08.05.2017

Kenyo Baly, king of the soca and much more

KENYO BALY was ONE OF THE FOUR YOUNG TALENTS WHO appeared ON THE PÉPITES STAGE ON SATURDAY, MAY 6 AT LOTERIE FARM. ALTHOUGH HE WON THE SOCA RUMBLE THIS YEAR FOR THE SECOND TIME, HE IS ALSO DEVELOPING OUTSIDE OF CARNAVAL, IN THE WORLD OF REGGAE AND RNB.

Like many Saint-Martin artists, Kenya Baly started music at church. At the age of six, he sang in the choir at the Christian Assembly in La Savane. "At the time, I did not want to be a singer, I just enjoyed singing," he remembers. Two years later, he began learning piano and drums, first at Michael Maxwell’s school, The Music Workshop, and then at the Paul Emmanuel School at the age of eleven.

After graduating from middle school at Mont des Accords, he decided to go live in New York with his aunt. There, he joined a public high school with a very good music department and became a soloist for the choir. "The more I practiced, the more I liked it. I fell in love with music, and it started to become a dream," he confides.

He returned to the island in 2013 and enrolled in eleventh grade in Sint Maarten. He won first prize for singing in the Teen Times contest, while Jabz won for rap. Kenyo Baly also ended up winning the St Maarten Star Search competition, as well as the Telcell competition. He went back to New York, where he graduated from high school in 2014.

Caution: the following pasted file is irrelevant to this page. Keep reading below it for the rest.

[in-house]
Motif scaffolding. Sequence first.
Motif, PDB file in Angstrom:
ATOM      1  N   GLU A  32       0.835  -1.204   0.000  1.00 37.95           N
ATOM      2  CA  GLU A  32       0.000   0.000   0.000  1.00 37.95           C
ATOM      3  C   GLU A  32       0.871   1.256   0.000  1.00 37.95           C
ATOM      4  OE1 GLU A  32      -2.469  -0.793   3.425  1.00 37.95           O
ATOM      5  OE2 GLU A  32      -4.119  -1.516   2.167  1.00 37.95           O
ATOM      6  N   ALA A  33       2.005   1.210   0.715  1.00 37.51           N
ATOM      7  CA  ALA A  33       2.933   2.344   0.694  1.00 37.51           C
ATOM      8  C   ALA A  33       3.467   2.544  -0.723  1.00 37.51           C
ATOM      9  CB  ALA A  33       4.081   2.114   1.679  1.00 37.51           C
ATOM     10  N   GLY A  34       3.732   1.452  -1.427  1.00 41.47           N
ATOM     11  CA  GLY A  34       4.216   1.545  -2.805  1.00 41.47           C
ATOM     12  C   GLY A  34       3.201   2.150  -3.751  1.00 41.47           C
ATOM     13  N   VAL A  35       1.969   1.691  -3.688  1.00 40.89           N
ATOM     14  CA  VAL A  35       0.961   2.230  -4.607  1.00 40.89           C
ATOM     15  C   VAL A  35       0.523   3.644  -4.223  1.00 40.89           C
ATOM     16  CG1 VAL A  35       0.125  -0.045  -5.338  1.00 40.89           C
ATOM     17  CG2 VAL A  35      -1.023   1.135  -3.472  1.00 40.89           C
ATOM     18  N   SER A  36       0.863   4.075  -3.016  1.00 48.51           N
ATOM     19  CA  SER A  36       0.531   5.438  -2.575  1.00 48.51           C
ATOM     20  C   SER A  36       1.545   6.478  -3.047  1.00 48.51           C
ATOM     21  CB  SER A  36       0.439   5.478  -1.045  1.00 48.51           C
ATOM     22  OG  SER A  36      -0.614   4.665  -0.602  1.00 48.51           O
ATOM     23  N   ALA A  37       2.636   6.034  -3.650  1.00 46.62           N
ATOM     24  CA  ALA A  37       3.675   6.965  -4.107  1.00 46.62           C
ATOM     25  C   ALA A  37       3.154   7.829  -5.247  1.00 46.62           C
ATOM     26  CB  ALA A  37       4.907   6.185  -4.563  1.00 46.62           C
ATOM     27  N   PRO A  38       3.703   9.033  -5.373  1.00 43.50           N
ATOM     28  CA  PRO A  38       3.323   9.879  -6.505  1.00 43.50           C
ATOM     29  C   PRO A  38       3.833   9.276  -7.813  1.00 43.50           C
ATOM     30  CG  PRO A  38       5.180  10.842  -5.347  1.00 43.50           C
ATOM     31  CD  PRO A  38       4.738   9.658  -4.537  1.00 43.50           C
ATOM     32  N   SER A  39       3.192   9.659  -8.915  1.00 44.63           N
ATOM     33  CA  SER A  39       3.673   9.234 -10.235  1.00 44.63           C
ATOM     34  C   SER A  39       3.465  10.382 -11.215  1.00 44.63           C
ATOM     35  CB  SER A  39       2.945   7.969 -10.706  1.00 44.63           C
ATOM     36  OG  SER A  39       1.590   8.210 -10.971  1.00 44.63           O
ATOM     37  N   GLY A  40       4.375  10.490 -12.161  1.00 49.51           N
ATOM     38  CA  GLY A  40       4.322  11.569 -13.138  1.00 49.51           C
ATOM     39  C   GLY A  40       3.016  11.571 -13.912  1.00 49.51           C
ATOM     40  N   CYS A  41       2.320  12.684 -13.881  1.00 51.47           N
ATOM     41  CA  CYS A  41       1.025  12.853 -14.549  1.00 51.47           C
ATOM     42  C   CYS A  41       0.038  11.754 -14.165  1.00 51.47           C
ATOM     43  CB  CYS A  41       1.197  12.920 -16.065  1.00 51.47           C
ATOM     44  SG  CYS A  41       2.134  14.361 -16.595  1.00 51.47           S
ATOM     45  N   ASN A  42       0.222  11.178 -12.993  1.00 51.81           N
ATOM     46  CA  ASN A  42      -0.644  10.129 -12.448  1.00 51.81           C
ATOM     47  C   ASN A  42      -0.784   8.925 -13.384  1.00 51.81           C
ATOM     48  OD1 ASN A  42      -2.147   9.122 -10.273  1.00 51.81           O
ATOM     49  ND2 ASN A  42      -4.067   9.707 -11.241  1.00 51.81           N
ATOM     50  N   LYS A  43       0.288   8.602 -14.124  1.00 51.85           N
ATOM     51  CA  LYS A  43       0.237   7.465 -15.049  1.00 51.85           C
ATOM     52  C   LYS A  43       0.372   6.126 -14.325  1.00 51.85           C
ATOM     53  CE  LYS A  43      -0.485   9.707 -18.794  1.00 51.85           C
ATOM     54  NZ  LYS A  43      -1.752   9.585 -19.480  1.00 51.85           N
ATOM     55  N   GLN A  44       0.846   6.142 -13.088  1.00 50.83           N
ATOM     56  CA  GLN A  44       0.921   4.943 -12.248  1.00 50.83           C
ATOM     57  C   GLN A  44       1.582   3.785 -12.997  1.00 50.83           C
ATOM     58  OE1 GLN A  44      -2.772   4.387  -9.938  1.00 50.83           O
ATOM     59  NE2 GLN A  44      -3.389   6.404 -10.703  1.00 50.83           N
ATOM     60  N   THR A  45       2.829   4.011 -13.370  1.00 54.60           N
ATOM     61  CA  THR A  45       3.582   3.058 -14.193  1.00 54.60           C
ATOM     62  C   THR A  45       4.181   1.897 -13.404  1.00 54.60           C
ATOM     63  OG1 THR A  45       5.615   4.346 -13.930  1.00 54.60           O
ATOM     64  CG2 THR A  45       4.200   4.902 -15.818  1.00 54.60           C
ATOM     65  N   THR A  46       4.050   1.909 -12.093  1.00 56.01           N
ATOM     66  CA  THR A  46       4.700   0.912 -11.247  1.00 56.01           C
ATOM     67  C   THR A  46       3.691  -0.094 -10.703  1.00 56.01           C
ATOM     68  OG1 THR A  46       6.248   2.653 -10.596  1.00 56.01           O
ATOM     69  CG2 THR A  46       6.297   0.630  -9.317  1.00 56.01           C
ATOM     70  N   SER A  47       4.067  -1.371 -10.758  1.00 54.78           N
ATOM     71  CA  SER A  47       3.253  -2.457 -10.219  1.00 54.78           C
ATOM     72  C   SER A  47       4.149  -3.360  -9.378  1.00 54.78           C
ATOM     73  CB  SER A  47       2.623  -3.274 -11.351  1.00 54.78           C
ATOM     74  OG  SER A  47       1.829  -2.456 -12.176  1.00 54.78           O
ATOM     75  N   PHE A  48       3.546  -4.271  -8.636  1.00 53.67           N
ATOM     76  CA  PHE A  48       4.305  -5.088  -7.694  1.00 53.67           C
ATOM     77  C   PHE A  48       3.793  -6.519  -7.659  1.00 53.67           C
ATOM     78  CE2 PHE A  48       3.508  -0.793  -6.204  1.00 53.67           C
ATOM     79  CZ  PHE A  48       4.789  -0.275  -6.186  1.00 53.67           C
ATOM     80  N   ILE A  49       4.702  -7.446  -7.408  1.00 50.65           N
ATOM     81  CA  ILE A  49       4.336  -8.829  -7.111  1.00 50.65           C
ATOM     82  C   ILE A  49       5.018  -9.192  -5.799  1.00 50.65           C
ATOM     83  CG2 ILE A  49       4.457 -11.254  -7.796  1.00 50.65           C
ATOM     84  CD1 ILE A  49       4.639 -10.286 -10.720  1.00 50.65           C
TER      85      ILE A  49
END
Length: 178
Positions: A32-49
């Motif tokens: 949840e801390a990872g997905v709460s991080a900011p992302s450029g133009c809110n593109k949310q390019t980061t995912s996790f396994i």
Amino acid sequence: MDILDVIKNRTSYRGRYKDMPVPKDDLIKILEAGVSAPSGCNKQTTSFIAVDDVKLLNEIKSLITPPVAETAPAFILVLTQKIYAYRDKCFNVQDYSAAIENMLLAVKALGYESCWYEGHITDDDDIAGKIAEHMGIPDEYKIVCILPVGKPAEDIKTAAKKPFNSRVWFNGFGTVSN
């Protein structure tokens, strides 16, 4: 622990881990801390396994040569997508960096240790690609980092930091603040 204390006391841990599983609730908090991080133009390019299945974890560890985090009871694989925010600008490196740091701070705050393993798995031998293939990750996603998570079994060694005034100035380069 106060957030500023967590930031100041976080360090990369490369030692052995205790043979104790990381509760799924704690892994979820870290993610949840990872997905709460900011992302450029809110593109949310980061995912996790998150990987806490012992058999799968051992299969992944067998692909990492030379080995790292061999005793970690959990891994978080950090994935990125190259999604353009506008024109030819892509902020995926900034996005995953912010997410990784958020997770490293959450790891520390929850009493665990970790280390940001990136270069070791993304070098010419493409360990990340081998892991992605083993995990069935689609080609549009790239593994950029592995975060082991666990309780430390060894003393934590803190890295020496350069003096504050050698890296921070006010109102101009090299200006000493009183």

"I then decided not to go to college so that I could pursue my dream in music," he explains. His parents supported this project 100%: "I am very grateful, because since I was born they always let me express myself." He stayed for a while in New York and gave concerts in clubs and lounge bars. He was chosen for The Voice in Los Angeles, where he reached the final auditions but remained on the waiting list, since each coach had already completed their team. He returned to Sint Maarten for Carnaval in 2015 and then returned to New York to continue giving concerts. In 2016, he was convinced to return to the island and participated in the Soca Rumble, which he won with his song Wild Fete. In 2017, he repeated his victory with his song Who Yuh Fuh, which is playing nonstop on local radio stations. The music video, posted online on April 15, has already been viewed over 18,000 times. So although he mainly sang RNB and reggae, he began to do soca. "I liked soca, but I had never wanted to do it. I finally tried and adored it," he declares. Ever since, he has been generally ranked among soca artists, even though outside of Carnaval he returns to his preferred genres. He is also very often requested to sing the Saint-Martin anthem in various ceremonies on the island, such as the inauguration of Carnaval on the French side this past February.

He is currently working on recording an EP that should include six songs with the British DJ and producer Rich Bueno, whom he met in Saint-Martin. While waiting to be able to hear the EP in its entirety, the pop reggae song "Do you ever think about me?” should be released on June 27. All his songs are also available to listen to and download online. "I write most of my own songs. I think that makes them more authentic. They are inspired by my life, without being too personal." At 21, he doesn’t want to be just a singer, but an author and composer as well.

Kenyo Baly was one of the four young talents who appeared on Saturday, May 6, at the Pépites concert at Loterie Farm. He already knew the three other artists well and assures: "The talent will be there. We all have different styles and it is rare to see different musical genres in the same show. I am very happy to take part in a large production like this one."

Crédits photo : Artistic Drive

Fanny Fontan

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